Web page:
U.S. Seventh Circuit - The FindLaw 7th Circuit Court of Appeals Opinion Summaries Blog

Court Clerk Can't Withhold Press Access

If you want to find the bleeding edge of press freedoms, look no further than legal news stories.

In a case filed by a news agency, a federal judge has ordered a Chicago court clerk to make newly filed complaints immediately available to the press. That includes lawsuits that haven't yet been processed by the clerk's office for electronic filing.

It's one of many cases filed by news companies, which will challenge any law that curtails their freedoms. It's about more than fighting for the First Amendment, however; it's because yesterday's news isn't news anymore.

"Immediate and Contemporaneous"

In Courthouse News Service v. Brown, U.S. Judge William Kennelly said the clerk must make new cases immediately available to news agencies.

"The Seventh Circuit has repeatedly observed that, where a First Amendment right of access is found, such access should be 'immediate and contemporaneous,'" Kennelly wrote.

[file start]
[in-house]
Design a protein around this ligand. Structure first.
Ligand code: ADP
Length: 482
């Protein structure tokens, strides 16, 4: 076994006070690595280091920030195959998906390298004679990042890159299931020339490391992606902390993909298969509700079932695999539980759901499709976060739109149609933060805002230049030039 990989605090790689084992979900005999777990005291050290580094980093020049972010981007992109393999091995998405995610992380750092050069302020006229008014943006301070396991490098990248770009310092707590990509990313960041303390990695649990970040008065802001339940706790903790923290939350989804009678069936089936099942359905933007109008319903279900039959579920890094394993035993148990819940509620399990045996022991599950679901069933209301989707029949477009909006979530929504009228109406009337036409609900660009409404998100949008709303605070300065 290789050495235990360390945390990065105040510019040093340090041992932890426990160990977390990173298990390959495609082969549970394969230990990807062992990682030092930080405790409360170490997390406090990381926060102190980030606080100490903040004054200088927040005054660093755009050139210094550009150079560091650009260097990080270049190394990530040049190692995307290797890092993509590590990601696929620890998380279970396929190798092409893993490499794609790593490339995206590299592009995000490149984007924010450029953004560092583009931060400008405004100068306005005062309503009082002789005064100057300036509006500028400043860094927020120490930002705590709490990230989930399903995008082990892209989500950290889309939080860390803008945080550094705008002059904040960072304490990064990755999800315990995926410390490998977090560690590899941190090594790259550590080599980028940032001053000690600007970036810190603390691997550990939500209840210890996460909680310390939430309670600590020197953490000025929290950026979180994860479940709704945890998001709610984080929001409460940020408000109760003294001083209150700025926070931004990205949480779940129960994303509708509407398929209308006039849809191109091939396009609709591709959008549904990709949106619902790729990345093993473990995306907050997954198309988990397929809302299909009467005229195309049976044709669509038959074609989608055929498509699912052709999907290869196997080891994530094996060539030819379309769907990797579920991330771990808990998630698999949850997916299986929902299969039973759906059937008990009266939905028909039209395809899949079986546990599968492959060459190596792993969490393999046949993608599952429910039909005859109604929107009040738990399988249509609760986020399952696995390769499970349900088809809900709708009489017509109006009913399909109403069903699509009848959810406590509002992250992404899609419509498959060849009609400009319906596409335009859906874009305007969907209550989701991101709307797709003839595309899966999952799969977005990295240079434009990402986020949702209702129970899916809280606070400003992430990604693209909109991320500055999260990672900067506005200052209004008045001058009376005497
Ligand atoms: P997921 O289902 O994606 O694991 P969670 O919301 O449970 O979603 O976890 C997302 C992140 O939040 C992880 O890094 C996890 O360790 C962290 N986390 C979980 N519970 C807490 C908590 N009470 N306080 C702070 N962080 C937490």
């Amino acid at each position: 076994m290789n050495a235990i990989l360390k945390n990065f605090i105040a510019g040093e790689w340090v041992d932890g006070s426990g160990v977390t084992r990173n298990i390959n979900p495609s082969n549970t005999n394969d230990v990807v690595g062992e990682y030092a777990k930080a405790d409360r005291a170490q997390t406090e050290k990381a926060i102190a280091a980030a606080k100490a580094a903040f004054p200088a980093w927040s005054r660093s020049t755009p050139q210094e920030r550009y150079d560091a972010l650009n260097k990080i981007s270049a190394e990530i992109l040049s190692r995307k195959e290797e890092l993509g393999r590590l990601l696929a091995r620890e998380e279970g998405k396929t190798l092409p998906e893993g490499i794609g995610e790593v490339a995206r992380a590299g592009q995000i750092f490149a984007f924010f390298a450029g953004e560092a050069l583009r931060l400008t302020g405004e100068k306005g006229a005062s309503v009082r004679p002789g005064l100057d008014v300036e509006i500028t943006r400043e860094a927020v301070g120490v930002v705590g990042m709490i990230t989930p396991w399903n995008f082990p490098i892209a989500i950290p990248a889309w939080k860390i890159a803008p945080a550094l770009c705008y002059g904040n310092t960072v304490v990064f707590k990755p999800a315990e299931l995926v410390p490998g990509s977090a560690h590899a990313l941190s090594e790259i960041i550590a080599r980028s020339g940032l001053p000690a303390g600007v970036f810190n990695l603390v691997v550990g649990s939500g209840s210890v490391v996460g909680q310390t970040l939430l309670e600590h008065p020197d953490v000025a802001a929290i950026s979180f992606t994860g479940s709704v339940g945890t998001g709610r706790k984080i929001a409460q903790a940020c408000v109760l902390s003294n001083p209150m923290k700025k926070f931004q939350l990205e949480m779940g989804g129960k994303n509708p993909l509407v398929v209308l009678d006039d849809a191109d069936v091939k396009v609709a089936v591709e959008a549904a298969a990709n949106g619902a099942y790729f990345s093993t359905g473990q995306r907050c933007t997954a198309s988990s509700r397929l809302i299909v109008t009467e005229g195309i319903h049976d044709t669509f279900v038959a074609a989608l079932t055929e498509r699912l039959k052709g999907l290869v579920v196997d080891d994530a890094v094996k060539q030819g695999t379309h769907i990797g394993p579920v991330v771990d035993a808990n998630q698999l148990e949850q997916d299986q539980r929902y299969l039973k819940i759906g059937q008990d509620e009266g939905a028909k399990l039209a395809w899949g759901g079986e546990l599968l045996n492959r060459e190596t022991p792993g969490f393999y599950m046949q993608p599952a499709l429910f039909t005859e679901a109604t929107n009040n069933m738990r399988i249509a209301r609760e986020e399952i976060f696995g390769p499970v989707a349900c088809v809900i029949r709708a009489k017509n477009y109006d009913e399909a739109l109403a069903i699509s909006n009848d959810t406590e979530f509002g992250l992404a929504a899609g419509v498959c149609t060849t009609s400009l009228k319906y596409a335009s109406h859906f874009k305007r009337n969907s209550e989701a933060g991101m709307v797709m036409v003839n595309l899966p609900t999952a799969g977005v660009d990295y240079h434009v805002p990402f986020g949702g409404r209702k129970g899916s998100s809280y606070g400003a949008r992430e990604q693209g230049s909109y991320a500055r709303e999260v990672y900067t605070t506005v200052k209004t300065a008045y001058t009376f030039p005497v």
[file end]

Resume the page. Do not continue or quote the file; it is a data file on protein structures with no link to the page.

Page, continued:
Naturally, Courthouse News, along with the Chicago Tribune, Chicago Sun Times, Reuters and several other news organizations promptly reported the decision. It affected them directly.

Their reporters scour newly filed cases daily for potential news stories. But clerk Dorothy Brown, trying to get a handle on the court's transition to electronic filing, changed the process.

She started withholding a third of the new cases so that her staff could "accept" them in the computer system first. That prompted the lawsuit.

Here and There

Courthouse News filed a similar suit in California last year, when an Orange County clerk made the same kind of change.

A federal judge in the Ninth Circuit there ruled for the clerk, saying "minor delays simply do not constitute a First Amendment violation." In Chicago, the judge rejected that ruling.

Kennelly said the Seventh Circuit emphasized the immediate availability of court documents in Grove Fresh Distributors v. Everfresh Juice Company. The "newsworthiness of a particular story is often fleeting," the appeals court recognized.

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